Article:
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Requirements: The Blueprint for your Automated Testing Effort – Part 1

One of the most important factors in implementing a successful Automated Software Testing (AST) effort is knowing and understanding all of the requirements. These include: your user requirements (What does the user want?); the system requirements and use cases (How will the user requirements be implemented?); the test requirements and mission threads (How will the system be tested?); and ultimately, the automated test requirements (Which tests need to be automated and how will they be automated?). Requirements are the blueprint which guides how your testing program is built, implemented and measured.

Requirements should be gathered and organized in a concise manner, as they will form the basis for effective AST planning. As with all information gathering, the accuracy of the information collected is generally proportional to the effort directed at the task. The project team will need to exercise discernment in prioritizing requirements and classifying them by levels of importance (i.e., high-risk versus low priority).

Various types of requirements need to be considered when designing an effective automated testing effort, including:

  • AUT or SUT requirements
  • Automation framework & tool requirements
  • AST data requirements
  • AST environment requirements
  • AST process requirements
  • AST resources, such as personnel, time lines and budgets

AUT or SUT Requirements

The requirements for the System Under Test (SUT) or the Application Under Test (AUT) come from a variety of areas and also depend on what the customer (internal or external) desires and has specified. In the best case scenario, the test automation team is involved in the process from the beginning and has a thorough understanding of the task and the business logic behind the requirements.

An ideal basis for the gathering of the AUT/SUT requirements comes in many forms and from many areas, including: architecture and design documents, project requirements, test procedures, and general information, as illustrated below.

Once this information is procured, the test team can drill down further to understand the task at hand, its scope, and its associated testing goals in the ways that follow.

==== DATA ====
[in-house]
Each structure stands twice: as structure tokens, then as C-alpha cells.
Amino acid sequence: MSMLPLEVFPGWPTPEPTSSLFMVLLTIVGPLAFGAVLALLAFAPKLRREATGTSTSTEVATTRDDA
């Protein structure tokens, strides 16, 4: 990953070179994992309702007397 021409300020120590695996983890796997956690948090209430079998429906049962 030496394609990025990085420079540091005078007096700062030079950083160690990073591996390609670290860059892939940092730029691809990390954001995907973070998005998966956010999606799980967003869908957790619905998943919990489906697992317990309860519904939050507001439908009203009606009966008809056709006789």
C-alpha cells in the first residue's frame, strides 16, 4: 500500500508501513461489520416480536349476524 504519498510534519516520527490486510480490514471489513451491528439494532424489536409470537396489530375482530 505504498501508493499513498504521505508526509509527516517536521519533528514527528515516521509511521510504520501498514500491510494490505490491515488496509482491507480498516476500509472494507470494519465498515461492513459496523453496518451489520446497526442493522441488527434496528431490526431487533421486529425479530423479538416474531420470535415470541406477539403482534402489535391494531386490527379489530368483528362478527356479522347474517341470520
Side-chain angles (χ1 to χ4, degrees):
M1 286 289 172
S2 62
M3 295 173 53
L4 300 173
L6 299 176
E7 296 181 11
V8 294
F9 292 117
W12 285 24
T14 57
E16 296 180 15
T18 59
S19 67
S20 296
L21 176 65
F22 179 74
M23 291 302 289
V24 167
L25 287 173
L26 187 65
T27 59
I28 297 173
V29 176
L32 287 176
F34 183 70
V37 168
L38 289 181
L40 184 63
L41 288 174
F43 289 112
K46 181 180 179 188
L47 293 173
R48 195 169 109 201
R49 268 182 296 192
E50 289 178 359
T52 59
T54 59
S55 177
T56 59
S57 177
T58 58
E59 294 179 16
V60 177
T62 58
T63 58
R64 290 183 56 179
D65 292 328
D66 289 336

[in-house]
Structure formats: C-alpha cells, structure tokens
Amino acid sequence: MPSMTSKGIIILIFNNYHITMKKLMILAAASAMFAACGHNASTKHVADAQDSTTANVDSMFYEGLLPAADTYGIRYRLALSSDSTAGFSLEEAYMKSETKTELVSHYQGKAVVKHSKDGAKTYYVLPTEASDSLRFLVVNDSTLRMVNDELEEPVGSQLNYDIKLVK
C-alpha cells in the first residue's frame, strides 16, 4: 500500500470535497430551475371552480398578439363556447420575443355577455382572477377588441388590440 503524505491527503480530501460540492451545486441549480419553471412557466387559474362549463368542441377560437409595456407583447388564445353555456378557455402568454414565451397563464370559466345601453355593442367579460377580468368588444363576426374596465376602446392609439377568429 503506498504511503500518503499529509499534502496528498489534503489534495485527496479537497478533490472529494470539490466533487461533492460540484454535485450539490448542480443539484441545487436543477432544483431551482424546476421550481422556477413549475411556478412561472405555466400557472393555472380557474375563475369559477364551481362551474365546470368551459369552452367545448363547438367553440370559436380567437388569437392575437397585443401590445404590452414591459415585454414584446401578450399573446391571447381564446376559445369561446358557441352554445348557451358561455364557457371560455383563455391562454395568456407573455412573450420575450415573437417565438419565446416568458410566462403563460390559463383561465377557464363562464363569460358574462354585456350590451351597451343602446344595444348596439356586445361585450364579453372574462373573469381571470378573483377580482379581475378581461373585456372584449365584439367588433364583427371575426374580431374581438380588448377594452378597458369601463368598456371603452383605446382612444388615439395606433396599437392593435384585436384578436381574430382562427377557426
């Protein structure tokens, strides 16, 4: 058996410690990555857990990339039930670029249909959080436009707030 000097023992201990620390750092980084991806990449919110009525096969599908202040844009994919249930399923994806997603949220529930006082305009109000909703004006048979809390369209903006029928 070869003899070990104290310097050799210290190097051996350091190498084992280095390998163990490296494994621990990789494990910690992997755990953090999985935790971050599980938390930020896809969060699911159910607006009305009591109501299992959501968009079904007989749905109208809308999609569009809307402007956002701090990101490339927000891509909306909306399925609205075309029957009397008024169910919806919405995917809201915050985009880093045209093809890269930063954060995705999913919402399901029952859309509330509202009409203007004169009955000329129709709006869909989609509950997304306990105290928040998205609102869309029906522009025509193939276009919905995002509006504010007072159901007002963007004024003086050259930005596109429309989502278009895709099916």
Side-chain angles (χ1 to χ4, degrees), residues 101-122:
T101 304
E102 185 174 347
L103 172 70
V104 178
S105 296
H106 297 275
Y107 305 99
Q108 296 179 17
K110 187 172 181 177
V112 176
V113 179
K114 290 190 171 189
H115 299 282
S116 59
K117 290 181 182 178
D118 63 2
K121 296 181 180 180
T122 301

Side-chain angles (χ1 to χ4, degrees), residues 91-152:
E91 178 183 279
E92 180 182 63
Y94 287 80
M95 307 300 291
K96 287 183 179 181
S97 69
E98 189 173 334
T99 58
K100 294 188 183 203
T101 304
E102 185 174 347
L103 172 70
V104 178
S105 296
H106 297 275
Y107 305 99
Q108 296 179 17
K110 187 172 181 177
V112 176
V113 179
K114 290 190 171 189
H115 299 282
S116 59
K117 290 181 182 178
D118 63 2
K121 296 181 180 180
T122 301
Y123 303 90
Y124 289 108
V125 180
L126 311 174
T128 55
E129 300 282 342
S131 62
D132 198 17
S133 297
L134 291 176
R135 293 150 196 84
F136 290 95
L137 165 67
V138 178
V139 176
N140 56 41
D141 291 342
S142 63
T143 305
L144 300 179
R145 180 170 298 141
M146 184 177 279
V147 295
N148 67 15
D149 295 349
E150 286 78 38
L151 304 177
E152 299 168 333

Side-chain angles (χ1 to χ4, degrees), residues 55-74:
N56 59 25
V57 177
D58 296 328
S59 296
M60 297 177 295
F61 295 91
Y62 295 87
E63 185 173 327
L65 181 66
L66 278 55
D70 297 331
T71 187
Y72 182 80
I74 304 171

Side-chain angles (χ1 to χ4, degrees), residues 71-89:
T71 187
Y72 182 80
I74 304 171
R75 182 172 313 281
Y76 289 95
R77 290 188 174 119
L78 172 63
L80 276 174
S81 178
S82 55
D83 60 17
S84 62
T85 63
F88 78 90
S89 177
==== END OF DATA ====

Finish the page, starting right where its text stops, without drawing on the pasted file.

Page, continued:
Understanding the System

The test team must understand both the functional and nonfunctional (e.g., security, performance, etc.) requirements that the AUT/SUT must meet. Just reading a list of requirement statements like, The system shall…, hardly provides a complete picture, because functional flow and business logic may not be clear.  To obtain a broader view, the test team should gather additional input regarding the system, review proposals discussing the problem to be solved, read product management case studies, understand the high-level business requirements and detailed system and design requirements.

Understanding the Scope

Next, it is important to understand the scope of the test requirements, as there are many different tests that can be performed, including: functional requirements testing, network testing, user interface testing, performance testing and security testing, among others.

Requirements definition is a crucial first step on the path towards test automation. Missing or misinterpreted requirements may result in delays, cost overruns, and customer dissatisfaction. An experienced automated software testing partner like Innovative Defense Technologies (IDT) can help define the scope and ROI of your testing effort. Please contact us for more information.

Part two of this blog, addressing AST framework, tool and data requirements, is posted here.

Some information taken from:  Dustin, Elfriede, Thom Garrett, and Bernie Gauf.  Implementing Automated Software Testing: How to Save Time and Lower Costs While Raising Quality. Upper Saddle River, NJ: Addison-Wesley, 2009. This book was authored by three current IDT employees and is a comprehensive resource on AST.  Blog content may also reflect interviews with the authors.